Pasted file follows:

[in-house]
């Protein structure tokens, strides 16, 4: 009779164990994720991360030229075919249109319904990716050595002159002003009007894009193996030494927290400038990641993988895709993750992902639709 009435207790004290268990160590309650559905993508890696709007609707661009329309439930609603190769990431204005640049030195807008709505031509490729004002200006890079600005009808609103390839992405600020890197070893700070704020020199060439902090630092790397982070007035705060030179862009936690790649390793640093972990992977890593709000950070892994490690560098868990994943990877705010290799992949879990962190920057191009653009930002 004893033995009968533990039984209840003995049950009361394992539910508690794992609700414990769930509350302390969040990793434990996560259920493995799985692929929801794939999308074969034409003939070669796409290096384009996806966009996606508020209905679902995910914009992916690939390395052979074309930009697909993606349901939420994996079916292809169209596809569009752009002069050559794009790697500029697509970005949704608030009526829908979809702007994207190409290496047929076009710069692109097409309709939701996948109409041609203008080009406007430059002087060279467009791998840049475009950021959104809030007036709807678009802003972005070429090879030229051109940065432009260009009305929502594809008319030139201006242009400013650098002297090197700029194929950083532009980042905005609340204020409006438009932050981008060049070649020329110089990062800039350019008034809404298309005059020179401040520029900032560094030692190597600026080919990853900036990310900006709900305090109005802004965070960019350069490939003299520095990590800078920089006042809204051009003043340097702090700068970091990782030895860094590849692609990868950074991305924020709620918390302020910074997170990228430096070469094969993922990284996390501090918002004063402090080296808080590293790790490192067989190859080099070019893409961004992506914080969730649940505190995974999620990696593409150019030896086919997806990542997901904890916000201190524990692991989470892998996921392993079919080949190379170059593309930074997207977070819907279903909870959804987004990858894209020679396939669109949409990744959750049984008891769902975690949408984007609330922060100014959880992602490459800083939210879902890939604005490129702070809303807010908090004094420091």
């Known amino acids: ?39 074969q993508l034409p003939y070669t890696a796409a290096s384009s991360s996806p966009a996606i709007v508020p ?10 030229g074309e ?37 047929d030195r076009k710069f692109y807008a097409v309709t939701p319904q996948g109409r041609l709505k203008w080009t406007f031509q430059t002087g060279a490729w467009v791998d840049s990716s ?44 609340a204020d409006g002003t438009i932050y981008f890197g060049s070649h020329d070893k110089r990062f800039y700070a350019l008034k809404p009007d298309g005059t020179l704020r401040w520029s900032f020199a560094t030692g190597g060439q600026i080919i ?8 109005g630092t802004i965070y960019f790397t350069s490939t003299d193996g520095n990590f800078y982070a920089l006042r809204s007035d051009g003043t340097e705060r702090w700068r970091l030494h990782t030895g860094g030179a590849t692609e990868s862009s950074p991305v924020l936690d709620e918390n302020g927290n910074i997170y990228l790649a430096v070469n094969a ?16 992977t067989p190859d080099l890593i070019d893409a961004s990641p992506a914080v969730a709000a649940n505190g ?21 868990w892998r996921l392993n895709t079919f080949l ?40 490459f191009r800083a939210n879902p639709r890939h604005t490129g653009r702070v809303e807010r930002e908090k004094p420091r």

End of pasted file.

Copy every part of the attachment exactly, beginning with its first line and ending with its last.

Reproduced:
[in-house]
């Protein structure tokens, strides 16, 4: 009779164990994720991360030229075919249109319904990716050595002159002003009007894009193996030494927290400038990641993988895709993750992902639709 009435207790004290268990160590309650559905993508890696709007609707661009329309439930609603190769990431204005640049030195807008709505031509490729004002200006890079600005009808609103390839992405600020890197070893700070704020020199060439902090630092790397982070007035705060030179862009936690790649390793640093972990992977890593709000950070892994490690560098868990994943990877705010290799992949879990962190920057191009653009930002 004893033995009968533990039984209840003995049950009361394992539910508690794992609700414990769930509350302390969040990793434990996560259920493995799985692929929801794939999308074969034409003939070669796409290096384009996806966009996606508020209905679902995910914009992916690939390395052979074309930009697909993606349901939420994996079916292809169209596809569009752009002069050559794009790697500029697509970005949704608030009526829908979809702007994207190409290496047929076009710069692109097409309709939701996948109409041609203008080009406007430059002087060279467009791998840049475009950021959104809030007036709807678009802003972005070429090879030229051109940065432009260009009305929502594809008319030139201006242009400013650098002297090197700029194929950083532009980042905005609340204020409006438009932050981008060049070649020329110089990062800039350019008034809404298309005059020179401040520029900032560094030692190597600026080919990853900036990310900006709900305090109005802004965070960019350069490939003299520095990590800078920089006042809204051009003043340097702090700068970091990782030895860094590849692609990868950074991305924020709620918390302020910074997170990228430096070469094969993922990284996390501090918002004063402090080296808080590293790790490192067989190859080099070019893409961004992506914080969730649940505190995974999620990696593409150019030896086919997806990542997901904890916000201190524990692991989470892998996921392993079919080949190379170059593309930074997207977070819907279903909870959804987004990858894209020679396939669109949409990744959750049984008891769902975690949408984007609330922060100014959880992602490459800083939210879902890939604005490129702070809303807010908090004094420091």
């Known amino acids: ?39 074969q993508l034409p003939y070669t890696a796409a290096s384009s991360s996806p966009a996606i709007v508020p ?10 030229g074309e ?37 047929d030195r076009k710069f692109y807008a097409v309709t939701p319904q996948g109409r041609l709505k203008w080009t406007f031509q430059t002087g060279a490729w467009v791998d840049s990716s ?44 609340a204020d409006g002003t438009i932050y981008f890197g060049s070649h020329d070893k110089r990062f800039y700070a350019l008034k809404p009007d298309g005059t020179l704020r401040w520029s900032f020199a560094t030692g190597g060439q600026i080919i ?8 109005g630092t802004i965070y960019f790397t350069s490939t003299d193996g520095n990590f800078y982070a920089l006042r809204s007035d051009g003043t340097e705060r702090w700068r970091l030494h990782t030895g860094g030179a590849t692609e990868s862009s950074p991305v924020l936690d709620e918390n302020g927290n910074i997170y990228l790649a430096v070469n094969a ?16 992977t067989p190859d080099l890593i070019d893409a961004s990641p992506a914080v969730a709000a649940n505190g ?21 868990w892998r996921l392993n895709t079919f080949l ?40 490459f191009r800083a939210n879902p639709r890939h604005t490129g653009r702070v809303e807010r930002e908090k004094p420091r």